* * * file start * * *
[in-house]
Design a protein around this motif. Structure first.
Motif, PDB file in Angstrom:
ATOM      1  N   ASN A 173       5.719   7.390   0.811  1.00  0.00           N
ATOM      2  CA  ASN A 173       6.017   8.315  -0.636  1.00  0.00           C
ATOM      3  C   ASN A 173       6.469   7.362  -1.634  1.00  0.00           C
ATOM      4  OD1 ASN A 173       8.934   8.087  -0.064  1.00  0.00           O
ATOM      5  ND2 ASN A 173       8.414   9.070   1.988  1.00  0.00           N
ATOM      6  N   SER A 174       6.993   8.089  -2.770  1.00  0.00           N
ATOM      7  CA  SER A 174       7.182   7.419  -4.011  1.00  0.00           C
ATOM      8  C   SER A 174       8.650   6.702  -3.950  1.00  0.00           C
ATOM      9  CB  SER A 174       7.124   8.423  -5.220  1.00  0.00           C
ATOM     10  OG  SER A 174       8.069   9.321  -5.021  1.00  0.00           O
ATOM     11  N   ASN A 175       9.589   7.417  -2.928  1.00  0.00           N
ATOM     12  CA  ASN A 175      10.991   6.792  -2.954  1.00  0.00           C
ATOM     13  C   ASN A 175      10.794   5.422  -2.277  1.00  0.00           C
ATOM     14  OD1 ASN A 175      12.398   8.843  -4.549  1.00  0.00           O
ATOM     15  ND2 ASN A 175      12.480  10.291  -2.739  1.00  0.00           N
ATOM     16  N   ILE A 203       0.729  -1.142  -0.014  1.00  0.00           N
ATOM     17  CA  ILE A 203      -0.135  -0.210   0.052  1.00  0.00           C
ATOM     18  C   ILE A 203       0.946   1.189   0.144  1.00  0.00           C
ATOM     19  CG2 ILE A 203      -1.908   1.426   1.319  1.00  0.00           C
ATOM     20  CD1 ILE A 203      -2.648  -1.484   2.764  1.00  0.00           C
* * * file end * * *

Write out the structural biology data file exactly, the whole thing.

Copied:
[in-house]
Design a protein around this motif. Structure first.
Motif, PDB file in Angstrom:
ATOM      1  N   ASN A 173       5.719   7.390   0.811  1.00  0.00           N
ATOM      2  CA  ASN A 173       6.017   8.315  -0.636  1.00  0.00           C
ATOM      3  C   ASN A 173       6.469   7.362  -1.634  1.00  0.00           C
ATOM      4  OD1 ASN A 173       8.934   8.087  -0.064  1.00  0.00           O
ATOM      5  ND2 ASN A 173       8.414   9.070   1.988  1.00  0.00           N
ATOM      6  N   SER A 174       6.993   8.089  -2.770  1.00  0.00           N
ATOM      7  CA  SER A 174       7.182   7.419  -4.011  1.00  0.00           C
ATOM      8  C   SER A 174       8.650   6.702  -3.950  1.00  0.00           C
ATOM      9  CB  SER A 174       7.124   8.423  -5.220  1.00  0.00           C
ATOM     10  OG  SER A 174       8.069   9.321  -5.021  1.00  0.00           O
ATOM     11  N   ASN A 175       9.589   7.417  -2.928  1.00  0.00           N
ATOM     12  CA  ASN A 175      10.991   6.792  -2.954  1.00  0.00           C
ATOM     13  C   ASN A 175      10.794   5.422  -2.277  1.00  0.00           C
ATOM     14  OD1 ASN A 175      12.398   8.843  -4.549  1.00  0.00           O
ATOM     15  ND2 ASN A 175      12.480  10.291  -2.739  1.00  0.00           N
ATOM     16  N   ILE A 203       0.729  -1.142  -0.014  1.00  0.00           N
ATOM     17  CA  ILE A 203      -0.135  -0.210   0.052  1.00  0.00           C
ATOM     18  C   ILE A 203       0.946   1.189   0.144  1.00  0.00           C
ATOM     19  CG2 ILE A 203      -1.908   1.426   1.319  1.00  0.00           C
ATOM     20  CD1 ILE A 203      -2.648  -1.484   2.764  1.00  0.00           C